One State issues of race, rights and democracy that led to Israel’s shock elections
“This bill is legal preparation for the right wing’s one-state solution, the annexation of the territories and the establishment of the Jewish apartheid state. The bill is the constitutional foundation, and its acceptance is the laying of the cornerstone of the bi-national segregation state that the right wing is setting up quietly and methodically, unseen and unhindered” — Gideon Levy
Israel’s PM Bibi Netanyahu has broken up his ruling coalition after just two years, and forced a new election. The exciting news is that it might backfire and see his defeat. But what led up to this?
Significantly, he split not with the fascist ultra-right, the orthodox religious parties or the settlers, so this was certainly not about paving the way for a two state deal. He dumped instead those who refused to support his plan for a hardened definition of Israel’s ethno-religeous supremacy.
With the prospect of a permanent single state visible on the horizon, Israeli politics must now position itself between the right’s Greater Israel vision, and its moral, legal and political opposite, One Democratic State.
The One Democratic State (ODS) movement argues that, irrespective of the sub-contracted Palestine Authority, in all of one-time Palestine there now exists only one over-riding power and jurisdiction, ruling within the two-tier apartheid entity on behalf of its dominant and favoured Jewish population. That entity is the single State of Israel. The choice lies not between current reality and the illusory Two States: the choice lies in whether the actual, existing single state is ever to be democratic or not.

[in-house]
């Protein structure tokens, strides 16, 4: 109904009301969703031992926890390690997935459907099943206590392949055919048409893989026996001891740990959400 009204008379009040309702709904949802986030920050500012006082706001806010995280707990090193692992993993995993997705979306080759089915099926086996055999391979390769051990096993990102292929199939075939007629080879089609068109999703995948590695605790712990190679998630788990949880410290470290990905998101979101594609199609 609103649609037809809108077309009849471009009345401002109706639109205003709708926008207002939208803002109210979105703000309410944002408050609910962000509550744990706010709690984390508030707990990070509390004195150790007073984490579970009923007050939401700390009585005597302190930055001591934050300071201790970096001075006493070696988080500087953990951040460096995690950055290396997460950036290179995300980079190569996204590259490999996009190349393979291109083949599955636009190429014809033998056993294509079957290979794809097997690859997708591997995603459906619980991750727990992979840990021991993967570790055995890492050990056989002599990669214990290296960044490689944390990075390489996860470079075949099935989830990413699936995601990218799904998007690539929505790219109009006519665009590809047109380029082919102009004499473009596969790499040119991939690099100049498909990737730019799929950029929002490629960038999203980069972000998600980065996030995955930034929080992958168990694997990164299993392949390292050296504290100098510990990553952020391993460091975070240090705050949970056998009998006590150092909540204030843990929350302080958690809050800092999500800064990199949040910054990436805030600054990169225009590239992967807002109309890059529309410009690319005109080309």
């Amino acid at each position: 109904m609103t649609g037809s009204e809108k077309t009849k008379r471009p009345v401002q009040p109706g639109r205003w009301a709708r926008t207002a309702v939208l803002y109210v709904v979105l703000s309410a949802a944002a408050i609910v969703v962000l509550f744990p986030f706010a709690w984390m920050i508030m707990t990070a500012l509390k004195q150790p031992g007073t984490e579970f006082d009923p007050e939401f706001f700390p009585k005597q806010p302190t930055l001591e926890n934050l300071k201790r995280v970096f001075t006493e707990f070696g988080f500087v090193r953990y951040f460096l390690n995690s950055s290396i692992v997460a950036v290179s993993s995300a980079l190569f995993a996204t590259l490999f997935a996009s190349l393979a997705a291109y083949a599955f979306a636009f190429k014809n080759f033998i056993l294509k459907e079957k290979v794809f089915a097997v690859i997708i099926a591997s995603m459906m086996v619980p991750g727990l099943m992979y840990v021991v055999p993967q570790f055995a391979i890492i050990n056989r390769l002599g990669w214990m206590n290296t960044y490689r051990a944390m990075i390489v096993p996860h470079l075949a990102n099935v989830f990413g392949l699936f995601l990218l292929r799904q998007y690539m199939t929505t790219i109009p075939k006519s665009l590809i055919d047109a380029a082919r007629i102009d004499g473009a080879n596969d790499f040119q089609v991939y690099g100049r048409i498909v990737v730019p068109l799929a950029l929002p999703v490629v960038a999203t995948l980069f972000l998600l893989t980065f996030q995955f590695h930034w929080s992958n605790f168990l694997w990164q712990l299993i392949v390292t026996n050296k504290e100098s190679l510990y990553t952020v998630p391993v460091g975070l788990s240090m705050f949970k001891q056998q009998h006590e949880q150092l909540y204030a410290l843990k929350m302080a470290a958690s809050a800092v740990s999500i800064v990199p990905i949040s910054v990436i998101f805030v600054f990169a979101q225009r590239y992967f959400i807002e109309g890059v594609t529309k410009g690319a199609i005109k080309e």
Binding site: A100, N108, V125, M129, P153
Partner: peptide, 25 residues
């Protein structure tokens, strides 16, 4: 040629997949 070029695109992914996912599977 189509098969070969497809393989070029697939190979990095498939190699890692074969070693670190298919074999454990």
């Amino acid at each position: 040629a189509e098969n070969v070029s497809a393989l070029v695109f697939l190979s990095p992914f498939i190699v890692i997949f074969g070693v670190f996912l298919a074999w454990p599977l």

”It is no accident that the Jewish nation-state bill was introduced only after the right-wing government succeeded in (almost) completely killing the two-state solution. Now that it is obvious that there will not be two states, they must start worrying about the character of the one state, which is already in the formative stages. They must make sure, at any price, that it will not be democratic and egalitarian” — Gideon Levy
In the ODS projected strategy, once the Two State illusion finally crumbles the struggle will change gear into a full-blown civil rights struggle. It’s widely recognised that without a viable Palestinian state, then all the Palestinians living between the river and the sea will have a claim to vote as equal citizens for a single parliament, and to receive the same human and legal rights across the entire population.
The ODS movement stands for a single state that is equal and democratic for all its citizens, a state that is constitutionally neutral and disengaged on matters of religion and ethnicity. The hardline Zionists, whose DNA is about being Top Dogs and never having to share power, will do anything they can to prevent that.